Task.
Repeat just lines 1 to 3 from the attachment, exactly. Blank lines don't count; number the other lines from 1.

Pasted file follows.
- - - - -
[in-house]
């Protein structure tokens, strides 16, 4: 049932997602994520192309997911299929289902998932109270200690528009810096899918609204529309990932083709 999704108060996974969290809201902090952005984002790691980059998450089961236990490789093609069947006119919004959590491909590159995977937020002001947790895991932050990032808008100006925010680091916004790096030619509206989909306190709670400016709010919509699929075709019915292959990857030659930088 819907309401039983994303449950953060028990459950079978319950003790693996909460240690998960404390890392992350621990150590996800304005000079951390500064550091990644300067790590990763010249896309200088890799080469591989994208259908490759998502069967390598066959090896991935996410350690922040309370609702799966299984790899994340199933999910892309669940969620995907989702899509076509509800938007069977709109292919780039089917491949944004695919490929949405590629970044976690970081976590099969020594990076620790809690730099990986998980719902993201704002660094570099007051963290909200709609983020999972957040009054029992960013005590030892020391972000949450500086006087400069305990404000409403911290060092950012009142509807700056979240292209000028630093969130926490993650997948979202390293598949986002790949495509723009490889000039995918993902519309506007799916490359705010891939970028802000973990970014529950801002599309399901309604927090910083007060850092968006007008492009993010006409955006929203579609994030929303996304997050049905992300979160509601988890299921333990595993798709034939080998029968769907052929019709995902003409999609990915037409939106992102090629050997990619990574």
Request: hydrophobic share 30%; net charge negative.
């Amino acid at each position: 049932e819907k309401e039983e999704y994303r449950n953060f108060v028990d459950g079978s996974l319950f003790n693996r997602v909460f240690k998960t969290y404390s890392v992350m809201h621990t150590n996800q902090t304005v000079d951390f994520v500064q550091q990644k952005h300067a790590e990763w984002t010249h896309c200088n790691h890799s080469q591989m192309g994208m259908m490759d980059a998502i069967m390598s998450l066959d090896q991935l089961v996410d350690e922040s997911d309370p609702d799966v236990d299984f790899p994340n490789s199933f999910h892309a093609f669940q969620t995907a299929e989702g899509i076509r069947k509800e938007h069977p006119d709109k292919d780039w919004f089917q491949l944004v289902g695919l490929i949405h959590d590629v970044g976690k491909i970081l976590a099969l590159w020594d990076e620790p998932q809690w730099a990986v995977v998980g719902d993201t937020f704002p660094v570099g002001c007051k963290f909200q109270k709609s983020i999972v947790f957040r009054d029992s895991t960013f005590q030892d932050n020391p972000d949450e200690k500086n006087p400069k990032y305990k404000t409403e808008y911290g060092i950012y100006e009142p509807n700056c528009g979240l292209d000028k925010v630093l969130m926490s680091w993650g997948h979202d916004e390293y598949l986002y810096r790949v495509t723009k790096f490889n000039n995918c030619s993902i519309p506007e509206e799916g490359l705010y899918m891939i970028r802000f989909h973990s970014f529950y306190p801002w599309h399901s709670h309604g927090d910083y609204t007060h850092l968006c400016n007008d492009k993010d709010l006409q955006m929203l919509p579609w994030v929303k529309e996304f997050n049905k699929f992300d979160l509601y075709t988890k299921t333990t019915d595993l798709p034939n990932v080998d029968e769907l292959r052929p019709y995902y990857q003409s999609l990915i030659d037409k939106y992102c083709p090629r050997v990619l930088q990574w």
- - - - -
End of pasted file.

[in-house]
């Protein structure tokens, strides 16, 4: 049932997602994520192309997911299929289902998932109270200690528009810096899918609204529309990932083709 999704108060996974969290809201902090952005984002790691980059998450089961236990490789093609069947006119919004959590491909590159995977937020002001947790895991932050990032808008100006925010680091916004790096030619509206989909306190709670400016709010919509699929075709019915292959990857030659930088 819907309401039983994303449950953060028990459950079978319950003790693996909460240690998960404390890392992350621990150590996800304005000079951390500064550091990644300067790590990763010249896309200088890799080469591989994208259908490759998502069967390598066959090896991935996410350690922040309370609702799966299984790899994340199933999910892309669940969620995907989702899509076509509800938007069977709109292919780039089917491949944004695919490929949405590629970044976690970081976590099969020594990076620790809690730099990986998980719902993201704002660094570099007051963290909200709609983020999972957040009054029992960013005590030892020391972000949450500086006087400069305990404000409403911290060092950012009142509807700056979240292209000028630093969130926490993650997948979202390293598949986002790949495509723009490889000039995918993902519309506007799916490359705010891939970028802000973990970014529950801002599309399901309604927090910083007060850092968006007008492009993010006409955006929203579609994030929303996304997050049905992300979160509601988890299921333990595993798709034939080998029968769907052929019709995902003409999609990915037409939106992102090629050997990619990574």
Request: hydrophobic share 30%; net charge negative.